Noma is coming to Australia. What started as a whisper among
chefs here and in Denmark over the past several months started to
seem a lot more real with each sighting of chef René Redzepi and
other members of his team around the country. Now it's official,
confirmed in an announcement in Sydney this morning: the Copenhagen
restaurant, several times named the world's best, and
unquestionably one of the globe's most influential eateries, is
moving to Sydney for 10 weeks from the end of January.
Inspired by the excitement generated by Noma's cameo in Tokyo at the beginning of 2015, Redzepi says plans for a new overseas adventure were well under way before the team left Japan, and Australia was the first choice. A place that differed radically from both Denmark and Japan was essential, he says, but the key was finding a place where his staff would be happy. "I really like working with Aussies," he says. "And I hope to learn something new."
A collaboration between Tourism Australia, LendLease and Noma, Noma Australia will open on the ground floor of the Anadara building on Wulugul Walk at LendLease's Barangaroo development, on the Sydney CBD's western waterside fringe. The search for a location took the team everywhere from surf clubs and the outback, to Smiths Beach at Margaret River and Sydney's harbour islands, "but all of it was going to just be so damned expensive, we had to change up".
"The place right there on the edge of the water - that reminded me very much of Copenhagen," says Redzepi. "It was a feeling of, 'wow, this is Noma in the south'."
The restaurant will open for lunch and dinner Tuesday to Saturday. Many of the other practicalities are still being ironed out. When and how can reservations be made? "No clue." What will it cost per head? "That we don't know yet. Four or five hundred."
Redzepi says that while he's aware of the criticism The Fat Duck received for charging more at its Melbourne pop-up this year than at its British home base, he's also acutely aware of how much it costs to move an entire restaurant and its staff to the other side of the world.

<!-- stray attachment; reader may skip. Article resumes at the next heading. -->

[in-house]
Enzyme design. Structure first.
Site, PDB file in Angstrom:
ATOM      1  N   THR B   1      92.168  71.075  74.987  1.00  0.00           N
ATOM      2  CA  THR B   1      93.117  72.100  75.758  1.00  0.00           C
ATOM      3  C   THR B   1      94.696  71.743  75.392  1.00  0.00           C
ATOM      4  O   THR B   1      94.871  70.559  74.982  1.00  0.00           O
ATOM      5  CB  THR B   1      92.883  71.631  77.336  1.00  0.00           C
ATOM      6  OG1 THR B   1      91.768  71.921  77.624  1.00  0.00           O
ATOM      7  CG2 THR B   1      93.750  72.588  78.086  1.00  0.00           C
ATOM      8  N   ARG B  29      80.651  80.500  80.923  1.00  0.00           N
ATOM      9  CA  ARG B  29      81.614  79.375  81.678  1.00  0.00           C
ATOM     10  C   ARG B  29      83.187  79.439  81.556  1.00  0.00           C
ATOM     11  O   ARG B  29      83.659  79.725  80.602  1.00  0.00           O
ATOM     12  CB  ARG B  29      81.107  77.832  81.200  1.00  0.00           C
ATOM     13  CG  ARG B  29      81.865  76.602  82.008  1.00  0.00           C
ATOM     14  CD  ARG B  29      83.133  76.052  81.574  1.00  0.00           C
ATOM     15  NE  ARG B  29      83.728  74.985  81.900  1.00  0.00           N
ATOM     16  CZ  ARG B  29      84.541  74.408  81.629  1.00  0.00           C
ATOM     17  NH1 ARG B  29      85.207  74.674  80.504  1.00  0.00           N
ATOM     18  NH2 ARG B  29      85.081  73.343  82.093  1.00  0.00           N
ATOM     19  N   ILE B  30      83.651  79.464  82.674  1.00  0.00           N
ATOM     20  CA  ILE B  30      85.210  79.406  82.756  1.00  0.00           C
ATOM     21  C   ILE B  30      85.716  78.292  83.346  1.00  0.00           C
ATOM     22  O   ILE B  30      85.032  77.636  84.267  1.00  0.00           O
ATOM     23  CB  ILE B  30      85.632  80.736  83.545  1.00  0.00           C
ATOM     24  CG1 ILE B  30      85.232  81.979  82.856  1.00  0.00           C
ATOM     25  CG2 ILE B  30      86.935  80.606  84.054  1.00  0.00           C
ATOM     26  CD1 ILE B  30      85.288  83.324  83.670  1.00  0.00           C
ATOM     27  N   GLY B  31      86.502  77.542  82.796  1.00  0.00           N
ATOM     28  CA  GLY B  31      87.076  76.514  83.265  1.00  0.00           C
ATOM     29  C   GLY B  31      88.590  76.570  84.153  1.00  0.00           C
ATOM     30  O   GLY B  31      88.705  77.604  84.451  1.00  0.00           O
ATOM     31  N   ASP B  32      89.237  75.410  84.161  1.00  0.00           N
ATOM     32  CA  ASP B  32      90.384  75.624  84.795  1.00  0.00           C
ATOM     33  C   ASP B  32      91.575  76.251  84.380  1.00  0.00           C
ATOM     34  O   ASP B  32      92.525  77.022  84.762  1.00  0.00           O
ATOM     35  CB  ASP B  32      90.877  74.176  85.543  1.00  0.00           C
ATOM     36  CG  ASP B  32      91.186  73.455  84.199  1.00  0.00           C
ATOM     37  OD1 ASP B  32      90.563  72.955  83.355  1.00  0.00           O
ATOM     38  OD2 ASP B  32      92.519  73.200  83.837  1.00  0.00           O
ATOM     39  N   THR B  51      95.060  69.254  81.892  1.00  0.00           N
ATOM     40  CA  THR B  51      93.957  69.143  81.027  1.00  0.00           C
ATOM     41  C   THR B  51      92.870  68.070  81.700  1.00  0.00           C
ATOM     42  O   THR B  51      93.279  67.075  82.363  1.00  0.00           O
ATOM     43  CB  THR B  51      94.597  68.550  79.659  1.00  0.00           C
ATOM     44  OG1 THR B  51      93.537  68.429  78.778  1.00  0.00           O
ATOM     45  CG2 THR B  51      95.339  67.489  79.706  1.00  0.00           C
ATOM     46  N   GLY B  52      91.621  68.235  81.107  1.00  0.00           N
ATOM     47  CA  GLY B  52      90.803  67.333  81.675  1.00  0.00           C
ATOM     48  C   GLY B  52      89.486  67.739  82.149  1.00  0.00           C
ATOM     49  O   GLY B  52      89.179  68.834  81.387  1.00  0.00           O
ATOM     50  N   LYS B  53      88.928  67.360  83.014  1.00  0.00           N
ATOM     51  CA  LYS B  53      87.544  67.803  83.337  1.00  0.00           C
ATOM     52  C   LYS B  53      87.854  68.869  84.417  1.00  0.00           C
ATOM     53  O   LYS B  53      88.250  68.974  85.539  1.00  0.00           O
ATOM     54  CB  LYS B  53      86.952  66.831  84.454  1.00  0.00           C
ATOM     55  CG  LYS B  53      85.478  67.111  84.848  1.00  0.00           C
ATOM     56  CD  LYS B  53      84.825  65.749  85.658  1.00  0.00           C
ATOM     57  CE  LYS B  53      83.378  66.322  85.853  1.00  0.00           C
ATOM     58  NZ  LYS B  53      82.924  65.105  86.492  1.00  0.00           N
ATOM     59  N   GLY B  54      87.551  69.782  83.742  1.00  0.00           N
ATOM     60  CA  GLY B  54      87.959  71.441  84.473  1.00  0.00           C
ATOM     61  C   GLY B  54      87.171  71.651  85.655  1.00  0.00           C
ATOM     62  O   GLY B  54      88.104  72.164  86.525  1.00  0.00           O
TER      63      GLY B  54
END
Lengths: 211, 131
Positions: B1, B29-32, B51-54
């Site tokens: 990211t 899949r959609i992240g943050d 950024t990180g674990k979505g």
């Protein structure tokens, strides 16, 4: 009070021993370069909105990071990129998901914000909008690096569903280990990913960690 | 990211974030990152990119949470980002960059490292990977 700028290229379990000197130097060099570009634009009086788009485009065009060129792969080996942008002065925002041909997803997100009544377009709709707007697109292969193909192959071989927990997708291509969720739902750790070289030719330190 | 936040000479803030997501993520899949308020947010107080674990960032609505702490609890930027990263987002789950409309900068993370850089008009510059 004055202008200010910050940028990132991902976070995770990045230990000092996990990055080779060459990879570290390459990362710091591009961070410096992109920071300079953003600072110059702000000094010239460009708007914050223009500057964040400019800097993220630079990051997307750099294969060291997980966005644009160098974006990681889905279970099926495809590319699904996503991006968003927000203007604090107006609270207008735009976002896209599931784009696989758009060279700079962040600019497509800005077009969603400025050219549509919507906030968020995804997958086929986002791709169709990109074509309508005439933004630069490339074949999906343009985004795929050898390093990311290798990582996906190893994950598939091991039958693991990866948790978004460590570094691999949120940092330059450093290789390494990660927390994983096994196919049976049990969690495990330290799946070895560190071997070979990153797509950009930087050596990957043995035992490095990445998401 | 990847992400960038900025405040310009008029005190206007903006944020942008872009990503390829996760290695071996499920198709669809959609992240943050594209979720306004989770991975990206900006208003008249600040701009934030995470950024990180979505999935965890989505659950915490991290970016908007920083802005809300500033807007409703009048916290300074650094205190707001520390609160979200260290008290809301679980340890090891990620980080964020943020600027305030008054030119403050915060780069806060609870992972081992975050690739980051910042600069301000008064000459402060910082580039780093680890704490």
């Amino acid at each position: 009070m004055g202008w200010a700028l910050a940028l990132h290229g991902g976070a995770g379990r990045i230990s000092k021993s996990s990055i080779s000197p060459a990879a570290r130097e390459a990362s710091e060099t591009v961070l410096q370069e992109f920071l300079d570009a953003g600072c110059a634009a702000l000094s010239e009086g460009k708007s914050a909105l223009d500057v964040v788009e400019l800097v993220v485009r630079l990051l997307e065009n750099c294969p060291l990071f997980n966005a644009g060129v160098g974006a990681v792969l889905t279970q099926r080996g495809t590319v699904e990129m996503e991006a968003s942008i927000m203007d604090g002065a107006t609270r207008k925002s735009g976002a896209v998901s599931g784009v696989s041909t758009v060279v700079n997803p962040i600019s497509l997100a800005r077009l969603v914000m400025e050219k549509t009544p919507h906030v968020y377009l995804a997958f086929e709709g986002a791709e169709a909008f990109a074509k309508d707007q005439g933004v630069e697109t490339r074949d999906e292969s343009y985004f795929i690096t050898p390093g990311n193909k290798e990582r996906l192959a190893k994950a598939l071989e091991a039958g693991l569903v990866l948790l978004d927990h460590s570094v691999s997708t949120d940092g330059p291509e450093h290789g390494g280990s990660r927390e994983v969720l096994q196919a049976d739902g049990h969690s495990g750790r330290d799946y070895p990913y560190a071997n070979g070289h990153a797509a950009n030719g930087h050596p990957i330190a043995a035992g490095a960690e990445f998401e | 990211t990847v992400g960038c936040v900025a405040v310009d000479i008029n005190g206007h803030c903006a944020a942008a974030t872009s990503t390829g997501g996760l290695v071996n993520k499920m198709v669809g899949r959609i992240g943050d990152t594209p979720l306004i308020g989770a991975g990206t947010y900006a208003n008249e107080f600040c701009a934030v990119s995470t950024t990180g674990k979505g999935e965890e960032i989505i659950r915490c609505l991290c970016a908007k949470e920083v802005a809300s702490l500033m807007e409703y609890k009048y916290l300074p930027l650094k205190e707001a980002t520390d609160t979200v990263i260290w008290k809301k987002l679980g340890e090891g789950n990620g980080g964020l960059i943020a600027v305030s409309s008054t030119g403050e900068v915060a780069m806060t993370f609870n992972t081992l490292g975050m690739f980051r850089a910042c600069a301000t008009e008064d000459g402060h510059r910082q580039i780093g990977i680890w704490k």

"It's going to be crazy." Accommodation alone for the 100 or so staff coming to Sydney, he says, is going to run to somewhere between $500,000 and $800,000. "And we can only put that expense one place, and that's on the menu."
In the meantime, he and his fellows have been digging deep for Australian flavours. The menu will be drawn up from scratch, putting the spotlight on Australian ingredients, so Redzepi has been diving for seaweed in Tasmania, sprouting bunya nuts in South Australia, inspecting eel on the Hawkesbury and drinking flat whites in Darlinghurst, while his sommeliers have risked life and liver meeting with the wildest and woolliest local vintners, brewers and distillers. By the end of the year he'll have visited every state afresh. "We've seen great stuff everywhere," he says.
John O'Sullivan, managing director of Tourism Australia, says that Noma was a natural choice as an extension of the Restaurant Australia campaign. "They don't come any bigger than René in food and wine internationally. But more than the man and the brand, Rene has an approach to cooking and produce that is very special, but also very much in harmony with what we have to offer in Australia. He and the team are so inspired by Australia, and so keen to showcase our produce and create something special here with a lasting legacy. René is someone who is inspired by nature, and unique ingredients - something that Australia does very well."
For his part, Redzepi also wants the experience to be something with a legacy beyond the 10 weeks for himself and his team.
"I really hope that by going into a completely new landscape we will be able to see our own world in a different way and become better at what we do at home through the experiences we have in Australia. That would be an amazing thing."
Register for more information about Noma Australia.
Read our Noma Australia Q&A with René Redzepi.